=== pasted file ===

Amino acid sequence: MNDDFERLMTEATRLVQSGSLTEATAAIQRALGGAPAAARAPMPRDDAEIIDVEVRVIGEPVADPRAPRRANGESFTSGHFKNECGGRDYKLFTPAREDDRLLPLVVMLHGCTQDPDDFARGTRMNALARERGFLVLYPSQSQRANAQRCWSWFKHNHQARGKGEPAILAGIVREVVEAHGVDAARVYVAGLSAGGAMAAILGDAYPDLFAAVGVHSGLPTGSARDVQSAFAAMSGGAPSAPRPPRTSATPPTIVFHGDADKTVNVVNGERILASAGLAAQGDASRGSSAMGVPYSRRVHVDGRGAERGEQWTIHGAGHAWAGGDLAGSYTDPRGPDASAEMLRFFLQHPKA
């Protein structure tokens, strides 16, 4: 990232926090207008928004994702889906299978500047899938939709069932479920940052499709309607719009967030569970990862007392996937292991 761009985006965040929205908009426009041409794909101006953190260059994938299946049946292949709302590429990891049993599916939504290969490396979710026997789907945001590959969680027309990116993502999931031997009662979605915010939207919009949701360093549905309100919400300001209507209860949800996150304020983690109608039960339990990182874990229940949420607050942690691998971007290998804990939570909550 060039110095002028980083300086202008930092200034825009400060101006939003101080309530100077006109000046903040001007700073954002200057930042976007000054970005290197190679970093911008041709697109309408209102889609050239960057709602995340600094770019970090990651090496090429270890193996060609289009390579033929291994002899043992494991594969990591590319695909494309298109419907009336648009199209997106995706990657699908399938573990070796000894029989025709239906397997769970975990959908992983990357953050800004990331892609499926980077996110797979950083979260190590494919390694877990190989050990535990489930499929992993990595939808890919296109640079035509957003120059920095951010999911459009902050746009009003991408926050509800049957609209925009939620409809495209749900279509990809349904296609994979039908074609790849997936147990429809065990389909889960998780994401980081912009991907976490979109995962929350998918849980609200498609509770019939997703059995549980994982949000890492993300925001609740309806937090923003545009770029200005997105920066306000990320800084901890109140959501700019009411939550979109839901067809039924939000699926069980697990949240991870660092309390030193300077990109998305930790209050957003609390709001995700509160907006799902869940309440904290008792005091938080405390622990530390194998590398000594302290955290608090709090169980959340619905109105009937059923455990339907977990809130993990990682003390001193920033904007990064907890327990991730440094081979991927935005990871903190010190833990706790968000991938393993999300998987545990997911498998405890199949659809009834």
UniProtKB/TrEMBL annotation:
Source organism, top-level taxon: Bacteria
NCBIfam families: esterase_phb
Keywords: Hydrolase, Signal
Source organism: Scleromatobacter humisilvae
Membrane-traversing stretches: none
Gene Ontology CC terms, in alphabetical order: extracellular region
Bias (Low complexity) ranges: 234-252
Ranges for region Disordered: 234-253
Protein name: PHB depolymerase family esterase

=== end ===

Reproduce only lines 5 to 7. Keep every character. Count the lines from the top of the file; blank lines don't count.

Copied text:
NCBIfam families: esterase_phb
Keywords: Hydrolase, Signal
Source organism: Scleromatobacter humisilvae